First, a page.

It certainly seems that way. Located in the Portalegre district, at an altitude of 2,838 feet, Marvão is the highest village in Portugal (although Guarda, in the district of the same name, holds the distinction of being the highest city in the country). Standing on the topmost crest of the Serra de São Mamede mountains, a view from the village’s breathtaking castle grounds reveals the Serra da Estrela mountain range to the north and the nearby border with Spain to the east.

In fact, when Jews fled from Spain to Portugal at the time of the Inquisition, a port of entry (and where they paid a toll or portagem) was located just down the mountain from the imposing castle. The town of Portagem is noted for its four-arched Roman bridge, the nearby Roman ruins of Ammaia, and a refreshing river beach on the clear waters of the Sever River.

The narrow streets of Marvão which lie below the castle feature Gothic arches and are lined with the white buildings typical of the Alentejo region, their doors trimmed in Manueline style. There are a few shops offering traditional dolls, woolens, candles, handmade jams, etc., as well as places to eat, but I recommend Mil-Homens in Portagem. We once ate there with a large group of family and friends, and the food and service were excellent.

The centuries-old Igreja de Santa Maria, built in the Gothic style, was remodeled in the 17th century and in 1987 was converted into a small municipal museum. Archeological artifacts dating to the Stone Age, an interesting display of knives and swords in the armory, and details about local life make it worth a visit.

Thinking about visiting Marvão? It’s about a 4.5-hour drive from the Algarve, using Lagos as a starting point. The good news is there is plenty to see along the way. All of Portugal has its unique charm and beauty, and the Alentejo is no exception. Especially if you avoid the autoestrada and pass through smaller towns and villages, you will be treated to the sight of olive groves and orchards, cork trees and fields of purple, pink, and yellow flowers, and long low stretches of gently rolling hills.

One obvious city to stop in is the university town and historic capital of the region of the Alentejo, Évora. Another special Alentejano locale, former home to many kings and queens of Portugal such as Dom Dinis and Queen Isabella, is the “white city” of Estremoz, so named because of its highly prized and world-famous white marble.

Closer to Marvão—only twenty minutes away—is Castelo de Vide. Again reflecting the influence of its Jewish heritage, the Synagogue of Castelo de Vide is one of only two existing medieval synagogues in Portugal, the other being the Synagogue of Tomar. (A quick side note: We were just in Tomar again recently and decided to try a different eatery, rather than our usual Taverna Antiqua. The burgers, steaks, sides, and wine at Restaurante Do Costume were amazing. Highly recommended if you are in that area.)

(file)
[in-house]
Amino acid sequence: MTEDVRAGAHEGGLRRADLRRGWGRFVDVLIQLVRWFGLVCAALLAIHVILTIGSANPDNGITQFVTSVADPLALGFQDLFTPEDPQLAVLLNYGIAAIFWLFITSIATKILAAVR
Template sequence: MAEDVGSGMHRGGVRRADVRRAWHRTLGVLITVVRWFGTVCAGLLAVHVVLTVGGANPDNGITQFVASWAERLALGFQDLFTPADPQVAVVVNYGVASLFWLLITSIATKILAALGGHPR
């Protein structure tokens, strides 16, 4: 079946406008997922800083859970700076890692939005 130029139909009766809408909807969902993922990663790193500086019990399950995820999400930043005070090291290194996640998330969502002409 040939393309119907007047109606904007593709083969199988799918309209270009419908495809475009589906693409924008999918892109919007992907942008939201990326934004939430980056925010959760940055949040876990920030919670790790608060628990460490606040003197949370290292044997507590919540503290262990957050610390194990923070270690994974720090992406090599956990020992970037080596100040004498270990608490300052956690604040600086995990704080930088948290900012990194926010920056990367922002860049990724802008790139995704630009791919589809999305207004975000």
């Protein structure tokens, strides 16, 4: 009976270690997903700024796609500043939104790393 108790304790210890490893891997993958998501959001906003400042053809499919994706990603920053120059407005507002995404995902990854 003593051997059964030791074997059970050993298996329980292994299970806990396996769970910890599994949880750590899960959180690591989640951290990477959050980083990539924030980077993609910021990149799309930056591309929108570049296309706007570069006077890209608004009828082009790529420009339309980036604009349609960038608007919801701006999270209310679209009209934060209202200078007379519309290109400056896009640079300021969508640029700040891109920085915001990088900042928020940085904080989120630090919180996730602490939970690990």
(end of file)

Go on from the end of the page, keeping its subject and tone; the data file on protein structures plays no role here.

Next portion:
Where to stay in Marvão? If you’re a fan of pousadas, Hotel Santa Maria is an option, but on our trips to the village, we have always opted for the Dom Dinis and would definitely return. You can walk from the hotel and in just a few minutes admire the manicured gardens of the castle, and then walk its ramparts. Follow up with a drink or meal in the hotel’s dining area, or on the outdoor patio where the view is spectacular.

When to go? The Alentejo is renowned for hot temperatures in the summer, so an alternative might be to try a cooler season. Each year on the second weekend of November the town sponsors a chestnut festival. With many thousands of partygoers in attendance, the municipality offers bus service into the walled city after parking your car at the base of the mountain. A parade with processional giants, musical performances, the sale of handicrafts like soaps and woven goods, and, of course, plenty of savory roasted chestnuts and beverages, all combine for a true celebration.

But if you don’t mind it when the heat is turned up a bit, you might want to consider a trip this summer. Those with a taste for classical music can check out the Marvão International Music Festival from 19 July to 28 July. Drawing artists from around the world, it has been described by Andrés Moreno Mengíbar in Spain’s classical music magazine Scherzo as “The most important summer music festival in all of Portugal.”

To bring it full circle - and to inspire you to pack a bag - here’s another Saramago quote: “A journey never ends. Only the travellers end.” Happy trails!


Native New Yorker Tricia Pimental left the US in 2012, later becoming International Living’s first Portugal Correspondent. The award-winning author and her husband, now Portuguese citizens, currently live in Coimbra.

Tricia Pimental